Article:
Blueprint for a Cell

Who among you will give ear to this? who will hearken and hear for the time to come? Who gave Jacob for a spoil, and Israel to the robbers? did not the LORD, he against whom we have sinned? for they would not walk in his ways, neither were they obedient unto his law. Therefore he hath poured upon him the fury of his anger, and the strength of battle: and it hath set him on fire round about, yet he knew not; and it burned him, yet he laid it not to heart.

(Isaiah 42:23-25)

In a his book called “Blueprint for a Cell: The Nature and Origin of Life” Nobel Laureate Christian DeDuve demonstrates conclusively that all of life is based on cellular construction.

Life is one. Whatever form in which it manifests itself, whatever its habitat and type of adaptation, it uses the same structures, the same kinds of molecules, the same chemical reactions, the same language, with hardly any variation worthy of mention.

Recent advances have revealed a small number of basic concepts of universal significance behind the diversity and complexity of living processes.

– Christian DeDuve, Blueprint for a cell.

DeDuve takes the first half of his book to show, with loving detail, the common thread belonging to all life. “All life is one”. All the components are mutually connected, there’s an interdependent web of life, and this is true for all life. He should have ended his book here with the words, “Thanks be to God”.

However, DeDuve then embarks on a much more politically correct odyssey. He sets out to demonstrate the steps by which the original cell evolved. This is ironic, since the rest of science has been trying to separate evolution and abiogenesis.

DeDuve takes the second half of his book and with it declares that all life is not one, but made up of many independently (randomly) derived components. He cuts all the strings in the web of life, to force a fit with evolutionary theory. The beauty of the first half of his book is ruined by his capitulation in the second, and he both builds and destroys his arguments in one fell swoop.

It was, of course, a natural step to take in the grand scheme of the development of evolutionary theory. Sooner or later someone would strip apart the very molecules of life, arrange them from simple to complex, and superimpose them on the geological time scale. In the preface DeDuve notes that he originally set out to write a small book that showed that life is one. But, he felt that in order to do this, he had to prove that this statement could be possible in the context of evolution.

This is the ultimate irony of the “I think, therefore I am” mentality. Are our real, tangible, observations on the nature of life, only true if they can be fitted into a false theory about the origin of the universe? Is DeDuve’s lifetime of experience and research only valid, if it can be manipulated to fit the theory of the day?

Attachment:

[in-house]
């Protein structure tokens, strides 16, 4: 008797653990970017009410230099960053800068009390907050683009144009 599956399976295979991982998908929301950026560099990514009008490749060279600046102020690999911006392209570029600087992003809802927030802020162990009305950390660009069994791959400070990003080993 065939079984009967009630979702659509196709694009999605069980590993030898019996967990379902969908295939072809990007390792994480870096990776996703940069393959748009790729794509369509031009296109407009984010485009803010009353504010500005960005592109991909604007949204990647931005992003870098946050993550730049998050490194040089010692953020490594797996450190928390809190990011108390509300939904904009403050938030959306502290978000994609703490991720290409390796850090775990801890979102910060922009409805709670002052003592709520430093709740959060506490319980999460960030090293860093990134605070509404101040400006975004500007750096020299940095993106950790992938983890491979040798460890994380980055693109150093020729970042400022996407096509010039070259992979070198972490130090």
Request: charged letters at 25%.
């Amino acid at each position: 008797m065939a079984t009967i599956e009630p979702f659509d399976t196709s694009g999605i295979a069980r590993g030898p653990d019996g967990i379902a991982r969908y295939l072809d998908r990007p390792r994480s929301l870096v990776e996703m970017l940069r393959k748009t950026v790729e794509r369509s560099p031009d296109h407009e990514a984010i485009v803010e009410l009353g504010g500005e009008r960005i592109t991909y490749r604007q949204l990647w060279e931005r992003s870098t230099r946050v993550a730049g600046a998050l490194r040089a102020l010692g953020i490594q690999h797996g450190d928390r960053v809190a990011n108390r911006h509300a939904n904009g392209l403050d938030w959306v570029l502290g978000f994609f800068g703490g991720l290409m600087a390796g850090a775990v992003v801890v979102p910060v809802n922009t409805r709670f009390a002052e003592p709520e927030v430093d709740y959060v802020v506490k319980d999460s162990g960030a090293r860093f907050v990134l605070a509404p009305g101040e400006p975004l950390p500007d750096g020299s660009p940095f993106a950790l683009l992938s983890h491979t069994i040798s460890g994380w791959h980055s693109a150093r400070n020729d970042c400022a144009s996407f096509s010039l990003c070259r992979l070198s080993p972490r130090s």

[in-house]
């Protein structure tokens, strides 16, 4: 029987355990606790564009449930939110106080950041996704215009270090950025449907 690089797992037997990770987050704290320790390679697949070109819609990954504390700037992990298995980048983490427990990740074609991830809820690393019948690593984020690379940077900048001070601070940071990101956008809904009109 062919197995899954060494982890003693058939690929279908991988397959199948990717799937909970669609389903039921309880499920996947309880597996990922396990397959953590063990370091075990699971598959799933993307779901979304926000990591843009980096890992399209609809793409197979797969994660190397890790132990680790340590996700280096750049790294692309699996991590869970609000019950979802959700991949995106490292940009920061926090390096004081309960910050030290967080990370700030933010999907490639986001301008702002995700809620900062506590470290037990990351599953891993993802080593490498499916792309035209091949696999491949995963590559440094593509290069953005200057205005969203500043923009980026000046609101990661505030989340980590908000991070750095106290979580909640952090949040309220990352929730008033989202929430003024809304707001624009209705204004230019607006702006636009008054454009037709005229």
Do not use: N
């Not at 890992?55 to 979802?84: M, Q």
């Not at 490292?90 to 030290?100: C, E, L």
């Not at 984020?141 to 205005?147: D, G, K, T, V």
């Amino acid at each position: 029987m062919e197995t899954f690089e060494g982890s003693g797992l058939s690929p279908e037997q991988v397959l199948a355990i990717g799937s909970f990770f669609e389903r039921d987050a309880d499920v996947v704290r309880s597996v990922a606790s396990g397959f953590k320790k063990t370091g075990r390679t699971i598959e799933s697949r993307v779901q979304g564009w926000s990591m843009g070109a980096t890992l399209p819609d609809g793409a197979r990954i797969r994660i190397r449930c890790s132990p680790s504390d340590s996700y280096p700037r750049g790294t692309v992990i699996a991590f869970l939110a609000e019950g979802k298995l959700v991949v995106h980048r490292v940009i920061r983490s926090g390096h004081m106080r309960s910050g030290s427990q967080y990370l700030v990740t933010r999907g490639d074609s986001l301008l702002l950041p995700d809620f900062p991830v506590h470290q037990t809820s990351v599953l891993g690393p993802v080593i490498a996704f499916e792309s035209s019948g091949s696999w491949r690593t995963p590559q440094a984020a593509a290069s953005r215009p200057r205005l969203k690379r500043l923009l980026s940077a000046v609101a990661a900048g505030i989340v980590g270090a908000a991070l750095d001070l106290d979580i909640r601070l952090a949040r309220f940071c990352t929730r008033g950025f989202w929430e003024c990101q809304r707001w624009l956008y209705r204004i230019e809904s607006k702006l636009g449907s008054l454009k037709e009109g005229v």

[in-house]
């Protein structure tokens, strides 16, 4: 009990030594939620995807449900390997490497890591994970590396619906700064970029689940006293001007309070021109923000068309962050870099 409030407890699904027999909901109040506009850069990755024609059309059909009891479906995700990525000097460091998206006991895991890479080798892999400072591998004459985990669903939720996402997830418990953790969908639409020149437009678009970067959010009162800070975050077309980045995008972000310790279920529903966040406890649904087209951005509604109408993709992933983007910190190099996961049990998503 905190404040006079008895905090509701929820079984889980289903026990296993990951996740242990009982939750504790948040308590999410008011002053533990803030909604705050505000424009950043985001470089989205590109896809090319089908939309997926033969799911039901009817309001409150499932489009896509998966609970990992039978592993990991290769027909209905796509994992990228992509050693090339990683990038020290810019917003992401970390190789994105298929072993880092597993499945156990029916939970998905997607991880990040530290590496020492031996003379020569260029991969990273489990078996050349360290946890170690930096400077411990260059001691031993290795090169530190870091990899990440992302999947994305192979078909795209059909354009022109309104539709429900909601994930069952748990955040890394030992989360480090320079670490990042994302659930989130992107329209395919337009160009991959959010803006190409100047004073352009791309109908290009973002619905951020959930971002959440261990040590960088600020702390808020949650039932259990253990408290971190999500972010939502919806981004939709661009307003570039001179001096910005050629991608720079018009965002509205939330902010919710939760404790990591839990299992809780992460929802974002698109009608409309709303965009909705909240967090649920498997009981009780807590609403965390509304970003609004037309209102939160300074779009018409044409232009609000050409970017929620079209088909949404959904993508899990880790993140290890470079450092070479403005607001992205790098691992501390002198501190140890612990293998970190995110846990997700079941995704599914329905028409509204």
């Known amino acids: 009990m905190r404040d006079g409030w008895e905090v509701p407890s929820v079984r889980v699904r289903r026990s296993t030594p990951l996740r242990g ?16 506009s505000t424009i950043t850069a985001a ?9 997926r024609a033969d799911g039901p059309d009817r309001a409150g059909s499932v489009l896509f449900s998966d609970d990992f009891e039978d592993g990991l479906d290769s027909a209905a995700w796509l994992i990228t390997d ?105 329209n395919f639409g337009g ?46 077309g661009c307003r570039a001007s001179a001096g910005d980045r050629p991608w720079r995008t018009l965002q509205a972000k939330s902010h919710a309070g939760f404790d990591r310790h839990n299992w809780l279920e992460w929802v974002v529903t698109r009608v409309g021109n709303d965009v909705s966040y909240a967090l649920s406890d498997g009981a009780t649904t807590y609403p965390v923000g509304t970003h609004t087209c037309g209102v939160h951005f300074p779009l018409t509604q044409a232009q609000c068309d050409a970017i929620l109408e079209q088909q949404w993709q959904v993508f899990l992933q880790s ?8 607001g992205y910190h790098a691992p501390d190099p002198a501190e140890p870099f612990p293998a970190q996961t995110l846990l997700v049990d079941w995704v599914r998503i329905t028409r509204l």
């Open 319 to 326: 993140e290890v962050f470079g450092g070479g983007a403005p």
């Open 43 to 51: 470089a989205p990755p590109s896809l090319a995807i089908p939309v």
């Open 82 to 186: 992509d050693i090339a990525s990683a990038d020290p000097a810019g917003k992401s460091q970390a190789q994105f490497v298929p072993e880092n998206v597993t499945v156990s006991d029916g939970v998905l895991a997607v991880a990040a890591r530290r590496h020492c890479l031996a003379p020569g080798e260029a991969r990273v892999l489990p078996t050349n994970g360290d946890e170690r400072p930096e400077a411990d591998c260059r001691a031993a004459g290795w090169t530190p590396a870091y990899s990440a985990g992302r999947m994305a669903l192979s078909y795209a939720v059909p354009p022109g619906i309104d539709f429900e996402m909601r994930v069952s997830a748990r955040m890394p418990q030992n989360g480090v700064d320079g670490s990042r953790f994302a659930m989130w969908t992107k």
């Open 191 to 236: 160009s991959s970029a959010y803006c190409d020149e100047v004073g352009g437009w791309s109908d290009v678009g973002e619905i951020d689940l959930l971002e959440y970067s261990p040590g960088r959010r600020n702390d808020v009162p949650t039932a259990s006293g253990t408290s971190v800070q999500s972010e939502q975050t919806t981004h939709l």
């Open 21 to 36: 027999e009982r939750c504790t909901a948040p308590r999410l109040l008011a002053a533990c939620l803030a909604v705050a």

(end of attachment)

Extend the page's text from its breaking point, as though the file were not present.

DeDuve complains that, on changing his mission from a small book on the oneness of life, to the rationalization of the random evolution of the cell, he lost most of his potential readership. This was due to the addition of masses of technical jargon. Once this second part was written, DeDuve had to go back and rewrite the first part of the book, to make it compliant, and lost even more readers. The scholarship, effort, and time involved, not to mention the essential beauty of DeDuve’s original goal, are now wrapped up in a smog of technicality that will keep it far away from the grasp of most readers. Worse still, DeDuve says plainly that the second half of the book is completely speculative, but it will undoubtedly be cited, by evolutionary biologists, as if it were the truth.

If we step back from evolutionary dogma, and look at the facts, some real clarity develops. All living organisms are made of cells that contain DNA. This is the opposite of random. The fact that there is inherent similarity between the simplest algae and human beings shows ingenious design, not random chance. The phylogenetic tree of life may reveal the sequence of creation, but there’s no way to prove that it maps evolution back to the original cell.

DNA, its structure, replication and repair should be glorified because it gives us a glimpse of the infinite majesty and wisdom of our Creator God. Sing praises to his name, the one who formed us from clay in his own image. God gave us the connection we have to our environment through DNA and genes, but still he elevated us above all the other living things on earth. Writing a book showing that all life is one is enough on its own merits. Praise the wisdom and majesty of God.

And what do we humans do? As soon as we discover this clue to God’s plan for creation, we turn away, and use it to show that he doesn’t exist! Then we wonder why there are wars, famines, earthquakes, storms and evil throughout the world. Who do we have to blame but ourselves?

DNA phylogenies don’t show that all life evolved from one cell, they show that all life sprang forth from one Creator. DeDuve mentions in passing, “Today, living matter itself has been revealed as one, whereas the vital spirit has disappeared from the preoccupations of biologists”. Biologists won’t dare ask the question “What is the vital spirit of life?” because they don’t want to know the answer. It is much easier to tap away on the computer, grow bacteria in petri dishes, and hypothesize how we got here without God.


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